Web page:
Then there are other problems. A unit of pikemen, for example, needs coherence to be effective. Dispersed pike, for all the arguments I have occasionally seen to the contrary, are useless. On its own a pike is merely an eighteen foot lump of wood, slightly unmanageable. In my view, people who think that you could ‘fence’ with a pike have never tried hefting wood around. The power of pike is in the unity and order of the mass, not the individual. Hence, I suspect, the comment that you see in the sixteenth century and beyond, that to kill a pikeman is to murder an innocent man.

Terrain is rarely simple. Even our garden has folds in it, enough to cause a pike block to pause and redress its lines. Hedges are impassable, woods a disaster, although the same people who argue in favour of pike fencing also seem to think that pikes are perfectly capable of being used in a wood. And that brings me, roughly speaking, to an explanation of the title of this post.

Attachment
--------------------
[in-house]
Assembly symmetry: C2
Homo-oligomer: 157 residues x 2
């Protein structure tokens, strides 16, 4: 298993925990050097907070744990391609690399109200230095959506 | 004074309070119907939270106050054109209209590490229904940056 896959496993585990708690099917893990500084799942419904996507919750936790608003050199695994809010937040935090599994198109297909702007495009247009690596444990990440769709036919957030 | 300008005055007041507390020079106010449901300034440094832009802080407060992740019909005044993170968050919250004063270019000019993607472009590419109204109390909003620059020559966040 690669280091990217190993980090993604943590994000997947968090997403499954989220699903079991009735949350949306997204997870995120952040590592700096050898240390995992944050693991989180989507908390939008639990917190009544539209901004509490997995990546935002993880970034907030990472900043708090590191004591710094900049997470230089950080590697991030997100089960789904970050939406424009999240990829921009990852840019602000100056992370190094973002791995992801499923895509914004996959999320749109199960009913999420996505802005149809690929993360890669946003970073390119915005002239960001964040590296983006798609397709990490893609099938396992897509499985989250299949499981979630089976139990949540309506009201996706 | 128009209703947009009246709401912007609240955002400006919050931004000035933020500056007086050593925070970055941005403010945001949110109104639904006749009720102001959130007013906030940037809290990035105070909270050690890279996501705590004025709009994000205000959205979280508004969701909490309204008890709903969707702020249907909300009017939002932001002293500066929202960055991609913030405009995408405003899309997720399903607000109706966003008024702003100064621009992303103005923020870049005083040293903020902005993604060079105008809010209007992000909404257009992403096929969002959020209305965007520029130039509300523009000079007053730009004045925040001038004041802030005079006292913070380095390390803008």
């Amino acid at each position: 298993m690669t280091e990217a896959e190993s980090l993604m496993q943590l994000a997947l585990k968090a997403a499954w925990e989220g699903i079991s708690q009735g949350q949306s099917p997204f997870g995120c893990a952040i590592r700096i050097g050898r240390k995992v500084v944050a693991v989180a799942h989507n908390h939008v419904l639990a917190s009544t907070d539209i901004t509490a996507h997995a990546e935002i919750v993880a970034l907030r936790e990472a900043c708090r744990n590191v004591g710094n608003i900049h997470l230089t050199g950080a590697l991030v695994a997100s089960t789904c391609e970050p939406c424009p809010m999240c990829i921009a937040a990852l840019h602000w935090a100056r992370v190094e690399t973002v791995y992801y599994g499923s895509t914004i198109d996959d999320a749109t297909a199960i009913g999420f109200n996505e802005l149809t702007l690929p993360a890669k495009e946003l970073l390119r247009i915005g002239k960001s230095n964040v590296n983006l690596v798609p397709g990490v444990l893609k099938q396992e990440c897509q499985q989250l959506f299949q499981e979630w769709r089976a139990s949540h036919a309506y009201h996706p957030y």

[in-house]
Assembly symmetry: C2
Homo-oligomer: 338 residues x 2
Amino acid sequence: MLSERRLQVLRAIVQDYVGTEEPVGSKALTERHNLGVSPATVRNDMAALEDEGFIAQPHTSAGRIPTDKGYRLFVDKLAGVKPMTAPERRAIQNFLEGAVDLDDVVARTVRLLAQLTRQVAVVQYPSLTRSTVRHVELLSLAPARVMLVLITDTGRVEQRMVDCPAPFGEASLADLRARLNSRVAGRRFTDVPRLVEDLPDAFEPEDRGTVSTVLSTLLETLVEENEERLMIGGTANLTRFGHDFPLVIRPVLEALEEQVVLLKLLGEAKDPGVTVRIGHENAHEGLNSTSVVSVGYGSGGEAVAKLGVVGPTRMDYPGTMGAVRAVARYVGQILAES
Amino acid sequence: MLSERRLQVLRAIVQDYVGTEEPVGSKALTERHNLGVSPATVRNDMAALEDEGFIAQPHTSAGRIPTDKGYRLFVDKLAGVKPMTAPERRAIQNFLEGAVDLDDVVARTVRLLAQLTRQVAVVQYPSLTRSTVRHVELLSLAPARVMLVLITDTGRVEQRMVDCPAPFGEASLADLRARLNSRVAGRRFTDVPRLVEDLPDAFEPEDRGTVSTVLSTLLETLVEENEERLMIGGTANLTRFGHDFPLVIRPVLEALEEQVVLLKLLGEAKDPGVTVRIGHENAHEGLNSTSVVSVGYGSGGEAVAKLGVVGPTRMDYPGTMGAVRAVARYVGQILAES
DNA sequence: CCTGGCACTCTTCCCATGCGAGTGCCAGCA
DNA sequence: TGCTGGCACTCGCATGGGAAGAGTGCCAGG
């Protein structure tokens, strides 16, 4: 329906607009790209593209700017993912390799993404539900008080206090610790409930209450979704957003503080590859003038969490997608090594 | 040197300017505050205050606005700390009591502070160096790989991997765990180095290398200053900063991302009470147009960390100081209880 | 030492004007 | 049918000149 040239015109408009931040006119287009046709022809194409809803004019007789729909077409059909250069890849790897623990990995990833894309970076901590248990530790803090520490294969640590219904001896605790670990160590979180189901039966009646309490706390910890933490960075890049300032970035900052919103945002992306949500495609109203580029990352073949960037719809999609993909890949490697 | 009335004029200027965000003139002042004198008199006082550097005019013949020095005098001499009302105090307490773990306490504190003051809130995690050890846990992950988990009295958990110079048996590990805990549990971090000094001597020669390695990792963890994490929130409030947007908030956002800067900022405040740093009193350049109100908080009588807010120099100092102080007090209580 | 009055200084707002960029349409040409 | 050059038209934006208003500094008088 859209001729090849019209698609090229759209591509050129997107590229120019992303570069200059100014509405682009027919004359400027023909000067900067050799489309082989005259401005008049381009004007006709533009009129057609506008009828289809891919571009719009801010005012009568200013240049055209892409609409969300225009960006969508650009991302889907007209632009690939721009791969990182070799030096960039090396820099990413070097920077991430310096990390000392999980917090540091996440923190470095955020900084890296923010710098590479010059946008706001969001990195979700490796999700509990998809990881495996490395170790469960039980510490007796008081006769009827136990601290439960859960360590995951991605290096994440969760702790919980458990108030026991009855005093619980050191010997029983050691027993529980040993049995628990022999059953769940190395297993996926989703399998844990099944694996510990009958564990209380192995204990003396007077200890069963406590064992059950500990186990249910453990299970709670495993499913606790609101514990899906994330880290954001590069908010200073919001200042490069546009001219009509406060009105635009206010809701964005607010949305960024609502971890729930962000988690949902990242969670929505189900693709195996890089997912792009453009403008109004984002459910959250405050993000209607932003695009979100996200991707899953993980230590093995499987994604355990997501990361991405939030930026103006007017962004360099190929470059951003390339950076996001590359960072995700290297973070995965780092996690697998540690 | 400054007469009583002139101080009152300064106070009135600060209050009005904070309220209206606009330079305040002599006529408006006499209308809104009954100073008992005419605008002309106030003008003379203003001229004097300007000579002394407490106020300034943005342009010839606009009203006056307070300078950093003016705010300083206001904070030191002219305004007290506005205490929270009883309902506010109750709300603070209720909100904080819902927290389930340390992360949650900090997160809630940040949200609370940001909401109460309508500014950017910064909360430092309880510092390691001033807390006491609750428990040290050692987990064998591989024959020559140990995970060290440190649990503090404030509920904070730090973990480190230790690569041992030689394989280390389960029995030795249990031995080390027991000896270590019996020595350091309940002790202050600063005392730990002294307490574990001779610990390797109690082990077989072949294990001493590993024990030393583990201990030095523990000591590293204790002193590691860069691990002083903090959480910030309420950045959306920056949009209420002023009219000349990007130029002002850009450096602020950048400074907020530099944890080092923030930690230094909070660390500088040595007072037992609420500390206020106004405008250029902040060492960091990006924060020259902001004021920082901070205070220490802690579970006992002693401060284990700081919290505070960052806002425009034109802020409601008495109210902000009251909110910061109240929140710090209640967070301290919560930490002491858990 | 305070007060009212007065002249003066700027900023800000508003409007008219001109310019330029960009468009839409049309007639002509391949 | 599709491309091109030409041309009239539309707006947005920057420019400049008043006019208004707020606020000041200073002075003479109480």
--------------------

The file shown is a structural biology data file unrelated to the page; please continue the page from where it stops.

In some of the Polemos rules, bases trying to cross streams have to roll. I forget what the criterion is, but they can, in fact, fail to cross the obstacle. This has caused some amusement, and comments along the lines of the title here – are there crocodiles in that stream?

At the end of the lane up which I live there is a stream or, in the local language, a beck. It has been tinkered with by humans over, I imagine, the centuries. Just last year, a whole load of work was carried out to reinforce the banks to stop them collapsing, manage the flow to stop it undercutting the banks and remove some trees, to stop leaves clogging it up in the autumn.  This is, then, a heavily managed landscape feature. Nevertheless, I would submit that five hundred people attempting to cross the stream would firstly, be thrown into some disorder themselves and, secondly, do a fair bit of damage to the banks.